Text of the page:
All of those developments help to improve the credit profiles of insurers in the countries we cover. Over time, that process of improved regulation will enhance many of the metrics we take into account from a rating perspective. The consolidation we are seeing results in larger companies, increased scale, better efficiencies and improved profitability. All those things go together. Factors like size, scale and capitalisation matter when it comes to developing ratings,” he says.
However, there are a number of factors that limit the ratings that can be issued to companies in these markets. “Typically, we don’t rate insurance companies above the sovereign for the country. This indicates the ability of governments to meet their obligations. So ratings on companies can be significantly constrained because of our view of the economic environment and other challenges faced by the government. Other factors which limit ratings are the level of corporate governance, the opacity of ownership structures, management controls and so on. Profitability is an issue in these markets, which are very competitive. Making money is a challenge for insurers and is an important driver in terms of ratings. So a number of factors such as the sovereign rating, profitability, capitalisation, reinsurance programmes and reserving can act as constraints. These, I think, will over time improve but at the moment they mean the ratings we have on companies in the market are relatively low compared to our ratings in developed markets. In some cases, they are significantly lower,” Waterman says.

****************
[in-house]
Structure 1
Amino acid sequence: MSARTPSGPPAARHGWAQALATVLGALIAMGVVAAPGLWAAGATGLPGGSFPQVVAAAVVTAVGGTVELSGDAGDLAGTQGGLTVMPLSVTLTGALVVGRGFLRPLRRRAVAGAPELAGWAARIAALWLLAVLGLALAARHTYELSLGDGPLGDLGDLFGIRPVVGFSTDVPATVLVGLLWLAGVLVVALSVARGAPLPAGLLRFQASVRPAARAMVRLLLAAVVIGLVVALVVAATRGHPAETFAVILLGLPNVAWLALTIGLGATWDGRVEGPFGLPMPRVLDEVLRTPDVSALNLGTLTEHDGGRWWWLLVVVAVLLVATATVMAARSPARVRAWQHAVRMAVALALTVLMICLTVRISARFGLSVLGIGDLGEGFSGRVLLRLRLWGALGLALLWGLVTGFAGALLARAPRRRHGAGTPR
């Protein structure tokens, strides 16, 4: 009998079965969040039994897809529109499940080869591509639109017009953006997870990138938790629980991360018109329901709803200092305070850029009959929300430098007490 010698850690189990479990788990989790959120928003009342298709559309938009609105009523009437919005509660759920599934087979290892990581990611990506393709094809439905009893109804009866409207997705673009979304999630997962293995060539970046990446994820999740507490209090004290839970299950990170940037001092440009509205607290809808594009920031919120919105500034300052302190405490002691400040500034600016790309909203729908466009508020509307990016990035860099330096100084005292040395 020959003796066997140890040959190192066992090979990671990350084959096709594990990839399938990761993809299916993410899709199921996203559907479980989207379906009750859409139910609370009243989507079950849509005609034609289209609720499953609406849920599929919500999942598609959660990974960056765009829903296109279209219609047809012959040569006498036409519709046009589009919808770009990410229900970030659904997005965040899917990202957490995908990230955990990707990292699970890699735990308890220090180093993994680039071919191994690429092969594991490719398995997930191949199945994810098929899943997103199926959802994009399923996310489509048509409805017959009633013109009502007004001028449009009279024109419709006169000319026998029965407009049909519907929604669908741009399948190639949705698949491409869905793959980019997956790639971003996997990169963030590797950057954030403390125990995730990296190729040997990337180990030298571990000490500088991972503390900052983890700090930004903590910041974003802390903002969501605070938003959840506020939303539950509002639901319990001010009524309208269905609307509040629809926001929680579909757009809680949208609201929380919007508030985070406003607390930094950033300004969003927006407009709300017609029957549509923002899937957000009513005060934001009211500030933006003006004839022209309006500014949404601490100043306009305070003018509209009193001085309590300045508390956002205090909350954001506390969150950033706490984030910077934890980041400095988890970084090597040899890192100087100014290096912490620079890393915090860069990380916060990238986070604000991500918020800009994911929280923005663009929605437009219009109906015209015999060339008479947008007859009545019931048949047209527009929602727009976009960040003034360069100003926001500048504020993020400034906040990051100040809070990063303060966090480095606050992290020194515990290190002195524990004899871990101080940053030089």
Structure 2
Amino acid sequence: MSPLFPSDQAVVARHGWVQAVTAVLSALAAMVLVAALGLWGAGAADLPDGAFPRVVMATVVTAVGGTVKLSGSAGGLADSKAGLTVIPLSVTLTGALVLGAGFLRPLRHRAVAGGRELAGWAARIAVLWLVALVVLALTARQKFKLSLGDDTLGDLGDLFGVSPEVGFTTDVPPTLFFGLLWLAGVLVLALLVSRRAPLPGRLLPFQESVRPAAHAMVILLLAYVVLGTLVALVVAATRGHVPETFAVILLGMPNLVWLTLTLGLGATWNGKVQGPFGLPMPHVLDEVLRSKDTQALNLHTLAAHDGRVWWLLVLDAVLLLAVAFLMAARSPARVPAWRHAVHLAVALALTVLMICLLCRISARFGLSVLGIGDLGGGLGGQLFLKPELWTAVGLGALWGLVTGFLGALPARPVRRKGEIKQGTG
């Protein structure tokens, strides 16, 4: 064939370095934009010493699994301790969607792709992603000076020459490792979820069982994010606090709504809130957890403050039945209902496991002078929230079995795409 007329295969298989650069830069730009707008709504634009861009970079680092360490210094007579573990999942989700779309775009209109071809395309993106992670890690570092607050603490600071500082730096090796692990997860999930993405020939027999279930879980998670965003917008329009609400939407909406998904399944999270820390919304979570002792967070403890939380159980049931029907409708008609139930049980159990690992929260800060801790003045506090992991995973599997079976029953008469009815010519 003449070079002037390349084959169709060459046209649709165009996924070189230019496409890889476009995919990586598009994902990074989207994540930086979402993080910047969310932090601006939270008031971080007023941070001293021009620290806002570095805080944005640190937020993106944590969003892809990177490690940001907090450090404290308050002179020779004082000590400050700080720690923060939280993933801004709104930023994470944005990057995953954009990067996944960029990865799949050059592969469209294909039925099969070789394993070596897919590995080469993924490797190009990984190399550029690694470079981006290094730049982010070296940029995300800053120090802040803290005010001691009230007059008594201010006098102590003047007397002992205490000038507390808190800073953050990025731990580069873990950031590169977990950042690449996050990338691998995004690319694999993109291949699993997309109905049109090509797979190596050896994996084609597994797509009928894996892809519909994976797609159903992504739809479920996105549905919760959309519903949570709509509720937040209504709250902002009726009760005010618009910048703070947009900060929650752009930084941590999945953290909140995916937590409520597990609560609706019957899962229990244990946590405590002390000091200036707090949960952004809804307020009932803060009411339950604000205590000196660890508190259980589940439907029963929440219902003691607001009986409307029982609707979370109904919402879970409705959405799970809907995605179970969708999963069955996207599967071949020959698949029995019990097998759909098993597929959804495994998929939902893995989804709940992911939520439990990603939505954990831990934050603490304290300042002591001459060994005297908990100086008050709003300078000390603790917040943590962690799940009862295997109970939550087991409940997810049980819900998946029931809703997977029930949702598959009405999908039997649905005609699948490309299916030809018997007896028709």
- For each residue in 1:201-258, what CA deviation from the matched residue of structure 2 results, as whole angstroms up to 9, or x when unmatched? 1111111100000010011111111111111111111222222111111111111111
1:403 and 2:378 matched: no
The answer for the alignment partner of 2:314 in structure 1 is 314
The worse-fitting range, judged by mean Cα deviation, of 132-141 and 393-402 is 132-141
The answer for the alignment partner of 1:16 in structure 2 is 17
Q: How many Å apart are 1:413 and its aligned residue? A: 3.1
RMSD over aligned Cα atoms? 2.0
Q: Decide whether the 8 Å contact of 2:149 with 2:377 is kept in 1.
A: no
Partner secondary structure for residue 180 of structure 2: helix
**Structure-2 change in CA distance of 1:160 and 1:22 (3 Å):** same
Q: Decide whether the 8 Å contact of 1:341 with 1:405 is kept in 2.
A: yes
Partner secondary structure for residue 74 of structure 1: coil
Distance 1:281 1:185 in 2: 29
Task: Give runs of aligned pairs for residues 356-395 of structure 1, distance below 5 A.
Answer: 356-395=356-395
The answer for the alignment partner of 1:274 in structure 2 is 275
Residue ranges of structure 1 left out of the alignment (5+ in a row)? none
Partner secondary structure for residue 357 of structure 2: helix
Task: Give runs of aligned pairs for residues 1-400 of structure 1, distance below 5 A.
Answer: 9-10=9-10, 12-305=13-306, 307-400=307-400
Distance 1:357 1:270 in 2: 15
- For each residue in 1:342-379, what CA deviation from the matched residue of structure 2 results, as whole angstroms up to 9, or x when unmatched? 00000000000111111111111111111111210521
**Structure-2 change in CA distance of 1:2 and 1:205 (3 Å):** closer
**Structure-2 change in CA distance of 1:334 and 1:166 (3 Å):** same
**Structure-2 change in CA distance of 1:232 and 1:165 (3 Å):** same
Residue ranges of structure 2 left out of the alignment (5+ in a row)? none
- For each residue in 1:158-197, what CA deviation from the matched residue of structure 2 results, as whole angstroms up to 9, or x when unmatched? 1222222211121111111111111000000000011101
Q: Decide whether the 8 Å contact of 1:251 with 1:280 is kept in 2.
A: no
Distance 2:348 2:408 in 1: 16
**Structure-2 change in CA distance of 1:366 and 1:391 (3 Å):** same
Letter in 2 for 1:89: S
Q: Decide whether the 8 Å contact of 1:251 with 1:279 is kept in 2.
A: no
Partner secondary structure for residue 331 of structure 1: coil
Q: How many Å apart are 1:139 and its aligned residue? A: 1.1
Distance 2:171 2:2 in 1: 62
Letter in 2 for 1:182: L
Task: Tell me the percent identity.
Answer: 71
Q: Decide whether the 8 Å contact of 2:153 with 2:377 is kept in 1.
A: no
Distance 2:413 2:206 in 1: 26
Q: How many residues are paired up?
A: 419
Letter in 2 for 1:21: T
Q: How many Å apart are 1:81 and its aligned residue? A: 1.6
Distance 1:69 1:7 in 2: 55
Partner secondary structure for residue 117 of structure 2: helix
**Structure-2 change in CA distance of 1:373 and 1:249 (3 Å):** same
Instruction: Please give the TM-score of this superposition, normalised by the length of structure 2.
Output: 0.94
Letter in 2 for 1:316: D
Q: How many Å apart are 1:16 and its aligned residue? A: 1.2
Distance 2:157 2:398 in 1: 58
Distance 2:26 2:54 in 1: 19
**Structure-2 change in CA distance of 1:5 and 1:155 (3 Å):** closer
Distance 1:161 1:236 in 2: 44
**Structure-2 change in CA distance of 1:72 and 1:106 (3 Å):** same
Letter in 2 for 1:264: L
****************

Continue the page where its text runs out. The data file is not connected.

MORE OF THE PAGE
Other emerging markets
Fitch expects insurance market growth to outpace the global average, with emerging European insurance market premium income reaching a 5% share of the global market by 2020. But one of the central findings of the report is while growth in emerging European insurance markets will exceed that of developed markets, it will continue to lag behind that of other emerging markets, particularly those in Asia. In terms of accounting for this finding, Hughes points to differences in the comparative rates of GDP growth between countries in south-east Asia and countries in central and eastern Europe (CEE). “GDP growth in emerging markets in Asia is considerably higher than in emerging European markets. That is partly down to the drag of the eurozone crisis. In eastern Europe, you have got things like unemployment and issues with asset values. In Ukraine, for example, where there was a huge boom in the sale of credit insurance products on the back of mortgages, that has almost completely dried up now because people are not buying houses any more.”